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Gaiteye® Sensor Technology & Research Perspectives



Endurance running has become the one of the largest recreational sports worldwide due to its simplicity and minimal expense. Since the 1970’s, which has been termed the ‘Running Boom’ era, major marathons in the USA have seen a 20-Fold increase in participants ( This increase in participation was mirrored by an increase in the prevalence of running-related injury. It is estimated that up to 79% of endurance runners suffer a running-related injury that is severe enough to prevent them from training during any given year (Reference). Technological adaptations have been introduced throughout the years that have aimed to mitigate these alarmingly high rates of injury. Running shoes have been the centre of these technological changes, with hyper-cushioning as well as minimal or no cushioning being explored (Reference)(Reference). Although several ‘beneficial’ interventions have been tested, the prevalence of running-related injury remains unperturbed.


Several biomechanical variables have been identified that offer favourable characteristics for running in terms of efficiency and injury attenuation. Although most of these variables are highly individual, and thus only benefit a small percentage of runners, some variables have been shown to provide a significant biomechanical advantage. For example, landing with a forefoot strike has been shown to reduce the impact transient associated with running (Reference)(Reference). This impact transient is related to a high loading rate which has been strongly linked to running related injury (Reference). Furthermore, some studies have found that adopting a forefoot strike pattern is also associated with an improved running economy (Reference)(Reference).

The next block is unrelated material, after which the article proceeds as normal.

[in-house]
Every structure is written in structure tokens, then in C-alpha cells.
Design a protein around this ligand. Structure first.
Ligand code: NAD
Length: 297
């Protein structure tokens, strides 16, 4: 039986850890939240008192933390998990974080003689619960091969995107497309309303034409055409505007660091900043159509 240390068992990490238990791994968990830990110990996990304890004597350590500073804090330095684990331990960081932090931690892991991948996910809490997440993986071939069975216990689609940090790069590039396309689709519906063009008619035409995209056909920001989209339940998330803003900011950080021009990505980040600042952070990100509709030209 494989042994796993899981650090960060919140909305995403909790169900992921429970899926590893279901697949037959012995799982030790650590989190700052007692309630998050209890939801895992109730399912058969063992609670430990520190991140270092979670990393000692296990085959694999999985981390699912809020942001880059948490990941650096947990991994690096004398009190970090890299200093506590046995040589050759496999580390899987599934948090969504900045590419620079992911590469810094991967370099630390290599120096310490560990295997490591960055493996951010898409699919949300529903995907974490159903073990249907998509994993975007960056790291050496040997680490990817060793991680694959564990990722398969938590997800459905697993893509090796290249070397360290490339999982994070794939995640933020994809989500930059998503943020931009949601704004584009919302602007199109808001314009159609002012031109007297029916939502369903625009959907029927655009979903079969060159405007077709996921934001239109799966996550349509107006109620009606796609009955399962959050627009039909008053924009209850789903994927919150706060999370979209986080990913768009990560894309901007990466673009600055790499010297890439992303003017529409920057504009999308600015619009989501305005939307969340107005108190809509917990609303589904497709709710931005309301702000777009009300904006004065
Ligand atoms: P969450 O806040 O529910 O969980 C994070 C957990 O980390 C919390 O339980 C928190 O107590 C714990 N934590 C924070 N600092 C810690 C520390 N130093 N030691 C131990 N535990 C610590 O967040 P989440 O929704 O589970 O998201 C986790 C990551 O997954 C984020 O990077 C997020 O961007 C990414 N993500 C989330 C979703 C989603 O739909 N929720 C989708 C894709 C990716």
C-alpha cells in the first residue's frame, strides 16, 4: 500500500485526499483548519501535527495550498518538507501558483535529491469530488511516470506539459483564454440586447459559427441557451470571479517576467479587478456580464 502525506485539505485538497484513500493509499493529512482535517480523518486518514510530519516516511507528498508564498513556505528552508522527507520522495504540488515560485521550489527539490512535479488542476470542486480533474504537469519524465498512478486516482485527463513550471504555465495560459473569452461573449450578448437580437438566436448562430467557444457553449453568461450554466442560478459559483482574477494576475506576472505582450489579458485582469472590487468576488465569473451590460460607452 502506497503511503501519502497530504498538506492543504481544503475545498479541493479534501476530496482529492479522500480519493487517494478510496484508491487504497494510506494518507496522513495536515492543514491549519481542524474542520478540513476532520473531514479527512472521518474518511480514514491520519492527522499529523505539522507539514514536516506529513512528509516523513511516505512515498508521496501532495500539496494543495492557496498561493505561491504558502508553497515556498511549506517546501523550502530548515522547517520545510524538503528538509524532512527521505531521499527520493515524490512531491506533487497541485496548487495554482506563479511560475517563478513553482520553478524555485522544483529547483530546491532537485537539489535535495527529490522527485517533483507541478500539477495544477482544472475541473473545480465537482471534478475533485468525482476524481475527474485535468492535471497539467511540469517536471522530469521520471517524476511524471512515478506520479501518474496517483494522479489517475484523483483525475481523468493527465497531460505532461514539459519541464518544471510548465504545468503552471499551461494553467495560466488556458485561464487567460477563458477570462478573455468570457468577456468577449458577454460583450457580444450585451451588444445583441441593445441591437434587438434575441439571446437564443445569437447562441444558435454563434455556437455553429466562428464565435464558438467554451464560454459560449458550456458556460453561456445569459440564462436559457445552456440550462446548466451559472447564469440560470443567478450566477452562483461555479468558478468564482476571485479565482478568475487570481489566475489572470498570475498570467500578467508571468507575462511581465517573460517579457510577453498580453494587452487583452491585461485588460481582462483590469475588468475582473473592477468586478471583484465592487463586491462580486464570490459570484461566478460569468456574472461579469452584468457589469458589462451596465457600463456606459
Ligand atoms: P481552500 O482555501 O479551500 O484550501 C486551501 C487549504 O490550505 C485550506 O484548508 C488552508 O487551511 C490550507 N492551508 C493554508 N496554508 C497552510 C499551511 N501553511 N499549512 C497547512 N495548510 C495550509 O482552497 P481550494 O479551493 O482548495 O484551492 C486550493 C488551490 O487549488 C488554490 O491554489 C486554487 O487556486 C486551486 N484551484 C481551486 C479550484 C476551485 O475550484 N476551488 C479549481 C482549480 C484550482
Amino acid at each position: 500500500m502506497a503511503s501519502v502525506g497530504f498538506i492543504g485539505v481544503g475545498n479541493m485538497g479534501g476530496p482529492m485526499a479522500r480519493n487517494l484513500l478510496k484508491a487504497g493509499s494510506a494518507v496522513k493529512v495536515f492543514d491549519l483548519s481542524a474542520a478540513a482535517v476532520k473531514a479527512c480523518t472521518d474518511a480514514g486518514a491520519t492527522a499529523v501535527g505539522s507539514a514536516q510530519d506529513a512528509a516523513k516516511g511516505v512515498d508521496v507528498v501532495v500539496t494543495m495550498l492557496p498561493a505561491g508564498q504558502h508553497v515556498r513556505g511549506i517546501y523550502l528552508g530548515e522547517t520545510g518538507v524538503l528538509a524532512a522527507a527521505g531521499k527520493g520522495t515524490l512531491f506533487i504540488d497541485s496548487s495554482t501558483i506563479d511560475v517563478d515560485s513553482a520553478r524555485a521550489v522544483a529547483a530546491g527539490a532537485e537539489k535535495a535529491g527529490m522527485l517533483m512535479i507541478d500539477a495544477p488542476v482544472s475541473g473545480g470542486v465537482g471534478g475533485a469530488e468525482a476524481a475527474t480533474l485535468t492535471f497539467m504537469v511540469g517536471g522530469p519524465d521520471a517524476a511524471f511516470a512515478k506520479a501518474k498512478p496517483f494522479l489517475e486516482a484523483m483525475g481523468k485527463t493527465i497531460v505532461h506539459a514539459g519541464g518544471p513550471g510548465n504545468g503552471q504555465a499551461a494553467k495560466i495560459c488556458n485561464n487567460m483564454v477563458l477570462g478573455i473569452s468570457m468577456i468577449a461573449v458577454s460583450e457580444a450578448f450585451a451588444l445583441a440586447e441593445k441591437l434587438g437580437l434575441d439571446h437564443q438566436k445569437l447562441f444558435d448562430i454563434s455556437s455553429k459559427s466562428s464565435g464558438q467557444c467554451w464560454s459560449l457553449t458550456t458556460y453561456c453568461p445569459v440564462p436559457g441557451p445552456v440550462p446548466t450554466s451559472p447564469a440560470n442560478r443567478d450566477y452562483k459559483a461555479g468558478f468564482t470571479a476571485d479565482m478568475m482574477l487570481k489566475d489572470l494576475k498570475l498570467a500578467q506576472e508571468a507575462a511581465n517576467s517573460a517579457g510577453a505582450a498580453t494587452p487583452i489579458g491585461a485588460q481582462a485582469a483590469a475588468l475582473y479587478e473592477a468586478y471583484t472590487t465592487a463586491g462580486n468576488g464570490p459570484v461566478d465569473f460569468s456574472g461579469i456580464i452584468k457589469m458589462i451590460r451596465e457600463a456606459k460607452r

Obvious limitations exist when analysing running gait, since most studies make use of treadmill running or over ground running within a laboratory setting. This is not reliable since it does not take certain factors into consideration such as surface variability, surface inclination and over ground running fatigue.